They then grouped the set of symptoms under a hypothetical condition they called “Conscious Deficit Hypoactivity Disorder,” or CDHD, an acquired syndrome in which patients lose the ability to exercise conscious control over their own behavior.
“Conscious Deficit Hypoactivity Disorder [is a condition characterized by] the loss of rational, voluntary and conscious behavior replaced by delusional/impulsive aggression, stimulus-driven attention, the inability to coordinate motor-linguistic behaviors and an insatiable appetite for human flesh.”
According to the scientists, there are two categories of CDHD zombies; CDHD-1 zombies and CDHD-2 zombies. The first category consists of slow-moving or shuffling zombies, such as seen in the movie The Walking Dead, and Shaun of the Dead, while faster moving zombies, such as in 28 Days Later and World War Z, could be categorized as CDHD-2, according to the Daily Mail.
“In the whole supernatural ‘living dead’ theory, zombies are characterized primarily by their highly abnormal but stereotyped behaviors. This is particularly true in more modern manifestations of the zombie genre wherein zombies are portrayed not as the reanimated dead, but rather as living humans infected by biological pathogens. They are alive, but they are certainly not like us.”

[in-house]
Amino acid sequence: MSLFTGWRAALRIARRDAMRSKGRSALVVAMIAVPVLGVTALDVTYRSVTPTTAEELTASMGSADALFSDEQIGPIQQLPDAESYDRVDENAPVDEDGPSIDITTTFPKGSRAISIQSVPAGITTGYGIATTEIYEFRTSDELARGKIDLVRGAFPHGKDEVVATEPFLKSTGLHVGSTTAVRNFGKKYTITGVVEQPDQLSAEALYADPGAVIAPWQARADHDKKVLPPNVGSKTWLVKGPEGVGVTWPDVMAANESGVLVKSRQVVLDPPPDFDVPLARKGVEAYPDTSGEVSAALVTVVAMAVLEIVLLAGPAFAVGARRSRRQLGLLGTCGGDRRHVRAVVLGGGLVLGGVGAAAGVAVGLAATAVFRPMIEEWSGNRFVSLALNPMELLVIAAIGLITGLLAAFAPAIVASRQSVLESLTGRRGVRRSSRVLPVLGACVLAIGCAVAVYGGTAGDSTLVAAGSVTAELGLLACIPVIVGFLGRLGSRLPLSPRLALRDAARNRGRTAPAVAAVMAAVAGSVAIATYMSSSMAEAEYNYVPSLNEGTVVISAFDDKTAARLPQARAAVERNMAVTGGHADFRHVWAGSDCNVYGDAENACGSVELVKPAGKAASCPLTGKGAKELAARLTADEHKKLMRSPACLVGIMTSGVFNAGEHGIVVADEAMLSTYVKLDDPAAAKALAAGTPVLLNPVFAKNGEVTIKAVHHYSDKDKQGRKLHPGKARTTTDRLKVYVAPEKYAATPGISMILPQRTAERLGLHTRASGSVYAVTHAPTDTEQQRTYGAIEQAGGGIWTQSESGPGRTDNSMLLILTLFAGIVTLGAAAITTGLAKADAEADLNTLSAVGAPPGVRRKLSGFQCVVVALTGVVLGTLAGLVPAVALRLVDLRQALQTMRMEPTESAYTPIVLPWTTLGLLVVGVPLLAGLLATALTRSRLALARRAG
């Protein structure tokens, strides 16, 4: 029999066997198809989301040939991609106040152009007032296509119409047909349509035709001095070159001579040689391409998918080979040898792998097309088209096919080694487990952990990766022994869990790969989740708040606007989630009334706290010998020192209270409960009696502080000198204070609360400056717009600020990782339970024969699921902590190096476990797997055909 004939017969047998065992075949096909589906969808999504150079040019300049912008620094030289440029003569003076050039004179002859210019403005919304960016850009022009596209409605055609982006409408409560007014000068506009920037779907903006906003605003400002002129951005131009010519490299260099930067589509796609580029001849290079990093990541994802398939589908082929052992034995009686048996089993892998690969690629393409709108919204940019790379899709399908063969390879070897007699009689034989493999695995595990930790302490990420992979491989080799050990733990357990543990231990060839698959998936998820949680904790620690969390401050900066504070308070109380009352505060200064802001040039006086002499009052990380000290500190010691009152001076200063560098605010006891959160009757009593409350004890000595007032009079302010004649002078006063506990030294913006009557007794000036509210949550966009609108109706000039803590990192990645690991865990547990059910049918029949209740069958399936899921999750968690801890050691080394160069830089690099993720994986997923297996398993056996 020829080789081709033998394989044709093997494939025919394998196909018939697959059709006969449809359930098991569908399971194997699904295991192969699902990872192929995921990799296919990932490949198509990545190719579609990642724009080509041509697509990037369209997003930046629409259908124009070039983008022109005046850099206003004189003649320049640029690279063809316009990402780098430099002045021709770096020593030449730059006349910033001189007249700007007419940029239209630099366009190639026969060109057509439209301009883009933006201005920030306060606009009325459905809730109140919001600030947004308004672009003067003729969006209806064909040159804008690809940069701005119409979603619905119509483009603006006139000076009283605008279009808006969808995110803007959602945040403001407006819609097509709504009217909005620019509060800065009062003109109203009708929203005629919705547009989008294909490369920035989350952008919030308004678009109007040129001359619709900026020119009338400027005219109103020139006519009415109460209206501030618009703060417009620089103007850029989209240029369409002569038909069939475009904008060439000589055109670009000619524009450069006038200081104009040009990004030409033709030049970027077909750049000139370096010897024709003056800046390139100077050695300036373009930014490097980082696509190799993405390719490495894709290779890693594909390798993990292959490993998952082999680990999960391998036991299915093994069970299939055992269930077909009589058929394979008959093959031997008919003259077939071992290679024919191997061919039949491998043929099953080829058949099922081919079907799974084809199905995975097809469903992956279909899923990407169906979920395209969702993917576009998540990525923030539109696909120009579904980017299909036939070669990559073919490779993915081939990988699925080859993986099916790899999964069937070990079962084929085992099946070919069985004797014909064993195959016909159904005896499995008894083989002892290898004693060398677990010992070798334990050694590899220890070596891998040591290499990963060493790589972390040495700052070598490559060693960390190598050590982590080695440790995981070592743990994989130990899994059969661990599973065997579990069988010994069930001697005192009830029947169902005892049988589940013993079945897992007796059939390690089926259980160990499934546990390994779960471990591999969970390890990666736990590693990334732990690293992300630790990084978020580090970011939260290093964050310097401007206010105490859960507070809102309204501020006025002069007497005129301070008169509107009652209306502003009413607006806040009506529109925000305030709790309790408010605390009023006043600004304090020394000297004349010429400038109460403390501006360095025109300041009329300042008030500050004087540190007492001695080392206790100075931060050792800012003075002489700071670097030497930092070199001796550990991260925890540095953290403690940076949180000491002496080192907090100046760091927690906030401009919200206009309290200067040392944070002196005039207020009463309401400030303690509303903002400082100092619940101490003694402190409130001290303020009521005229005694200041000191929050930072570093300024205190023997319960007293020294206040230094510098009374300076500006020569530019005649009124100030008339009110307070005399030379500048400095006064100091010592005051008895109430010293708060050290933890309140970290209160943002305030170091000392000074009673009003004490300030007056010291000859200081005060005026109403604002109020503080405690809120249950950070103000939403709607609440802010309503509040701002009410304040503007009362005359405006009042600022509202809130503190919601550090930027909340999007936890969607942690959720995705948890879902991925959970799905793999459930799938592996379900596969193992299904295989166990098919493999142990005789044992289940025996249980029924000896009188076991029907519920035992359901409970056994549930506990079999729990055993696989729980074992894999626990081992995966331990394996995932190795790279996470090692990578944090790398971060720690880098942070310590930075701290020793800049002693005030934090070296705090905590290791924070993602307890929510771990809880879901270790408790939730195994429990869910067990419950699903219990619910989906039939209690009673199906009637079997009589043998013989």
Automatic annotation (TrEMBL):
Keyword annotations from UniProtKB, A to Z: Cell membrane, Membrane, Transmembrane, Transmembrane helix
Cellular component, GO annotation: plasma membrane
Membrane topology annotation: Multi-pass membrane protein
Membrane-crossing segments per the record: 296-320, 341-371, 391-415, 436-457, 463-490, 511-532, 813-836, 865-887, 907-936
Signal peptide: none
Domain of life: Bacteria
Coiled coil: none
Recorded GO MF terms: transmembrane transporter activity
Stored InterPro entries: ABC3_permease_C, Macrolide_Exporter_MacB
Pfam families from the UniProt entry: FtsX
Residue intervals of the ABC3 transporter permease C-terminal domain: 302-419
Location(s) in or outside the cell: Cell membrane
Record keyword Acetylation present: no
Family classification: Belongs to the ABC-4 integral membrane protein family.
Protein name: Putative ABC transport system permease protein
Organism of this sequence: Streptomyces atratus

As a way to guiding the layman on a neuroscientific tour of the brain in terms of the popular conception of zombies and the undead, the scientists showed how damage to different parts of the brain could explain the different types of traits ascribed to zombies in popular movies and culture.
According to the scientists, damage to the fusiform gyrus could explain zombies’ inability to recognize human faces, while inability to interpret expressions and emotional detachment from human beings could be due to damage to the superior temporal gyrus.
Inability to understand language, difficulties in speech and communication could result from damage to the temporal parietal junction. Damage to the interior frontal cortex, including Broca’s area, could also cause speech difficulties.
Zombies’ poor memory and navigational skills could be due to damage to the hippocampus. Impulsive aggression and other antisocial behavior could be due to damage to the orbitofrontal cortex.
Damage to the dorsolateral prefrontal cortex could compromise decision making powers, while damage to the cingulate cortex could create conflict for zombies between eating people and developing emotional attachment to them; but ultimately, they would be unable to resist the urge to eat.